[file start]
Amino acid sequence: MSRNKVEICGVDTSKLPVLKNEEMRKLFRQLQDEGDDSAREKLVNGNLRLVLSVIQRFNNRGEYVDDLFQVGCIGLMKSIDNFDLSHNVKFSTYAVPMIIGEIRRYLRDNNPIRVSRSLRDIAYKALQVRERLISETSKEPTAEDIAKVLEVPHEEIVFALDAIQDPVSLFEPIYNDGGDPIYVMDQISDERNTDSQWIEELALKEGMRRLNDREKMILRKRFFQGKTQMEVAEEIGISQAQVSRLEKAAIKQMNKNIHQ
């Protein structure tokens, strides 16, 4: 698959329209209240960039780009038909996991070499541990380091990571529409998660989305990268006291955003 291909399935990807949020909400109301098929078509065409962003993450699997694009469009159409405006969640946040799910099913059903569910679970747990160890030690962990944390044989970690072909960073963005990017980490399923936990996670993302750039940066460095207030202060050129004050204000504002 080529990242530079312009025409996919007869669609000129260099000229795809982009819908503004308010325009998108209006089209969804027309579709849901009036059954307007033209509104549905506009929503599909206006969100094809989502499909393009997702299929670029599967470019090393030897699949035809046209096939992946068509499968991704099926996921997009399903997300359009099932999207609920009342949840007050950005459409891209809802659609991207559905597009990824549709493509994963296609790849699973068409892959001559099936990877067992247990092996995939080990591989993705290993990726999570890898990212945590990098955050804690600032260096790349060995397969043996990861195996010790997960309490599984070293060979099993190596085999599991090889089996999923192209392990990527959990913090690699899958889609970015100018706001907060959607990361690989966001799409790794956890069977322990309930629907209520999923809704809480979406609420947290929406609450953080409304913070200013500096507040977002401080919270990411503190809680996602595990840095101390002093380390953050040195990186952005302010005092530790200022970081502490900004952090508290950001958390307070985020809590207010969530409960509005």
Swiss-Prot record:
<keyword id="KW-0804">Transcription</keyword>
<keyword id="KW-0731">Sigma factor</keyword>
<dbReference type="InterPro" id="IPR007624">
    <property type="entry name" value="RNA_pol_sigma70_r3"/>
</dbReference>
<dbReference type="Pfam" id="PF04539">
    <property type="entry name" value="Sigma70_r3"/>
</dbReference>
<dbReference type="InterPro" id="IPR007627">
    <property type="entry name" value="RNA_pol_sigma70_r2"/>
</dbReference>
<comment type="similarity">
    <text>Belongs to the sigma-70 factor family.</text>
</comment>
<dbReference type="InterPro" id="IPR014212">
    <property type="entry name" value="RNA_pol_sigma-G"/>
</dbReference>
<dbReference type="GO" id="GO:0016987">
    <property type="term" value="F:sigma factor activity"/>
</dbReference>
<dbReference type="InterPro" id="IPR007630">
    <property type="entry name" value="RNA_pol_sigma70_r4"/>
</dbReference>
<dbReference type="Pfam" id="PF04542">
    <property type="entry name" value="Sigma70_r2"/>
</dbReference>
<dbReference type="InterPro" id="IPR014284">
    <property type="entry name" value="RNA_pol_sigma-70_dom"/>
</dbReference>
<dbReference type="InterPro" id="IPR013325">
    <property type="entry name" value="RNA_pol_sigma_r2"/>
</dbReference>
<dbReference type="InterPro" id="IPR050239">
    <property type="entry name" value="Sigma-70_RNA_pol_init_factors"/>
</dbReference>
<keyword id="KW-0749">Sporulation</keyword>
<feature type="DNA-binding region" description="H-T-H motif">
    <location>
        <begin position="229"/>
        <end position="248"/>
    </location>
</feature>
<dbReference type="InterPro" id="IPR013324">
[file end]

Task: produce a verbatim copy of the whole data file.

Amino acid sequence: MSRNKVEICGVDTSKLPVLKNEEMRKLFRQLQDEGDDSAREKLVNGNLRLVLSVIQRFNNRGEYVDDLFQVGCIGLMKSIDNFDLSHNVKFSTYAVPMIIGEIRRYLRDNNPIRVSRSLRDIAYKALQVRERLISETSKEPTAEDIAKVLEVPHEEIVFALDAIQDPVSLFEPIYNDGGDPIYVMDQISDERNTDSQWIEELALKEGMRRLNDREKMILRKRFFQGKTQMEVAEEIGISQAQVSRLEKAAIKQMNKNIHQ
């Protein structure tokens, strides 16, 4: 698959329209209240960039780009038909996991070499541990380091990571529409998660989305990268006291955003 291909399935990807949020909400109301098929078509065409962003993450699997694009469009159409405006969640946040799910099913059903569910679970747990160890030690962990944390044989970690072909960073963005990017980490399923936990996670993302750039940066460095207030202060050129004050204000504002 080529990242530079312009025409996919007869669609000129260099000229795809982009819908503004308010325009998108209006089209969804027309579709849901009036059954307007033209509104549905506009929503599909206006969100094809989502499909393009997702299929670029599967470019090393030897699949035809046209096939992946068509499968991704099926996921997009399903997300359009099932999207609920009342949840007050950005459409891209809802659609991207559905597009990824549709493509994963296609790849699973068409892959001559099936990877067992247990092996995939080990591989993705290993990726999570890898990212945590990098955050804690600032260096790349060995397969043996990861195996010790997960309490599984070293060979099993190596085999599991090889089996999923192209392990990527959990913090690699899958889609970015100018706001907060959607990361690989966001799409790794956890069977322990309930629907209520999923809704809480979406609420947290929406609450953080409304913070200013500096507040977002401080919270990411503190809680996602595990840095101390002093380390953050040195990186952005302010005092530790200022970081502490900004952090508290950001958390307070985020809590207010969530409960509005």
Swiss-Prot record:
<keyword id="KW-0804">Transcription</keyword>
<keyword id="KW-0731">Sigma factor</keyword>
<dbReference type="InterPro" id="IPR007624">
    <property type="entry name" value="RNA_pol_sigma70_r3"/>
</dbReference>
<dbReference type="Pfam" id="PF04539">
    <property type="entry name" value="Sigma70_r3"/>
</dbReference>
<dbReference type="InterPro" id="IPR007627">
    <property type="entry name" value="RNA_pol_sigma70_r2"/>
</dbReference>
<comment type="similarity">
    <text>Belongs to the sigma-70 factor family.</text>
</comment>
<dbReference type="InterPro" id="IPR014212">
    <property type="entry name" value="RNA_pol_sigma-G"/>
</dbReference>
<dbReference type="GO" id="GO:0016987">
    <property type="term" value="F:sigma factor activity"/>
</dbReference>
<dbReference type="InterPro" id="IPR007630">
    <property type="entry name" value="RNA_pol_sigma70_r4"/>
</dbReference>
<dbReference type="Pfam" id="PF04542">
    <property type="entry name" value="Sigma70_r2"/>
</dbReference>
<dbReference type="InterPro" id="IPR014284">
    <property type="entry name" value="RNA_pol_sigma-70_dom"/>
</dbReference>
<dbReference type="InterPro" id="IPR013325">
    <property type="entry name" value="RNA_pol_sigma_r2"/>
</dbReference>
<dbReference type="InterPro" id="IPR050239">
    <property type="entry name" value="Sigma-70_RNA_pol_init_factors"/>
</dbReference>
<keyword id="KW-0749">Sporulation</keyword>
<feature type="DNA-binding region" description="H-T-H motif">
    <location>
        <begin position="229"/>
        <end position="248"/>
    </location>
</feature>
<dbReference type="InterPro" id="IPR013324">